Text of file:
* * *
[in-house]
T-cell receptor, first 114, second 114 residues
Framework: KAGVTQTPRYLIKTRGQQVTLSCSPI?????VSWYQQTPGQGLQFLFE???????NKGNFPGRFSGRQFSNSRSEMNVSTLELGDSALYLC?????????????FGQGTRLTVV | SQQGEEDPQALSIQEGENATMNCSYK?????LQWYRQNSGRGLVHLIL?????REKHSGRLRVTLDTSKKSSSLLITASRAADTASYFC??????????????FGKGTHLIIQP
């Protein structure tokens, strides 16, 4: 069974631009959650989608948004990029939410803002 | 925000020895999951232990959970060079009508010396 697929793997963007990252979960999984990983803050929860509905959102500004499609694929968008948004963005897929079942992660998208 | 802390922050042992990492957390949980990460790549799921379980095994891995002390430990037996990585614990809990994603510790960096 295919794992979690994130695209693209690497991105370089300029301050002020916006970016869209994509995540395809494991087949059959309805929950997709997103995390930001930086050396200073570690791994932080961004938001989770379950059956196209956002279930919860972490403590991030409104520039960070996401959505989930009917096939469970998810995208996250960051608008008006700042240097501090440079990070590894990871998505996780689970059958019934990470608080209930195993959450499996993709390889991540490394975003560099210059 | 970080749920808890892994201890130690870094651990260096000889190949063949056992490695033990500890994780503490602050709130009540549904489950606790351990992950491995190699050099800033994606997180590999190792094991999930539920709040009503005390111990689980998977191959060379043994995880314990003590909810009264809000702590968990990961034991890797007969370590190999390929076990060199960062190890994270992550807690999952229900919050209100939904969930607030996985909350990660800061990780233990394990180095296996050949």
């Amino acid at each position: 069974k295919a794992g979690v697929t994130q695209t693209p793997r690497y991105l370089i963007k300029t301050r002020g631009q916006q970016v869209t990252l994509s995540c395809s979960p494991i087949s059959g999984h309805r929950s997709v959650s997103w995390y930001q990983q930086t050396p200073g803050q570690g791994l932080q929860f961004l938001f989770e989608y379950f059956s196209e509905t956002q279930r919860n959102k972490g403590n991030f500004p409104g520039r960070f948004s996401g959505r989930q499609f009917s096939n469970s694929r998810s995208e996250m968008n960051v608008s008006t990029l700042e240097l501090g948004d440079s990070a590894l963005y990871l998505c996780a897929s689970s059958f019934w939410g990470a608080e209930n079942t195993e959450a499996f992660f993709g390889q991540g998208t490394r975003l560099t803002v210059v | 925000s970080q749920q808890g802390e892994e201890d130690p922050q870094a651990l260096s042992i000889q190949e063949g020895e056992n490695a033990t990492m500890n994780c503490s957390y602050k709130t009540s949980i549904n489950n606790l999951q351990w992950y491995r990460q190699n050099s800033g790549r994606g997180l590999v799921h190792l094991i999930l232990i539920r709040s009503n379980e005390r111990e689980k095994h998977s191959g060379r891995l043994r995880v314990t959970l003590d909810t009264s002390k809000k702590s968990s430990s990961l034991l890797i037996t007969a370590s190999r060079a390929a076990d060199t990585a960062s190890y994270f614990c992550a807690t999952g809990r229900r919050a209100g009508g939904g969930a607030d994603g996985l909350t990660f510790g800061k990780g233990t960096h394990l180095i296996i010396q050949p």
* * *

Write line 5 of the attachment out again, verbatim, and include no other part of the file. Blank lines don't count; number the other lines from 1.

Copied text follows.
């Amino acid at each position: 069974k295919a794992g979690v697929t994130q695209t693209p793997r690497y991105l370089i963007k300029t301050r002020g631009q916006q970016v869209t990252l994509s995540c395809s979960p494991i087949s059959g999984h309805r929950s997709v959650s997103w995390y930001q990983q930086t050396p200073g803050q570690g791994l932080q929860f961004l938001f989770e989608y379950f059956s196209e509905t956002q279930r919860n959102k972490g403590n991030f500004p409104g520039r960070f948004s996401g959505r989930q499609f009917s096939n469970s694929r998810s995208e996250m968008n960051v608008s008006t990029l700042e240097l501090g948004d440079s990070a590894l963005y990871l998505c996780a897929s689970s059958f019934w939410g990470a608080e209930n079942t195993e959450a499996f992660f993709g390889q991540g998208t490394r975003l560099t803002v210059v | 925000s970080q749920q808890g802390e892994e201890d130690p922050q870094a651990l260096s042992i000889q190949e063949g020895e056992n490695a033990t990492m500890n994780c503490s957390y602050k709130t009540s949980i549904n489950n606790l999951q351990w992950y491995r990460q190699n050099s800033g790549r994606g997180l590999v799921h190792l094991i999930l232990i539920r709040s009503n379980e005390r111990e689980k095994h998977s191959g060379r891995l043994r995880v314990t959970l003590d909810t009264s002390k809000k702590s968990s430990s990961l034991l890797i037996t007969a370590s190999r060079a390929a076990d060199t990585a960062s190890y994270f614990c992550a807690t999952g809990r229900r919050a209100g009508g939904g969930a607030d994603g996985l909350t990660f510790g800061k990780g233990t960096h394990l180095i296996i010396q050949p």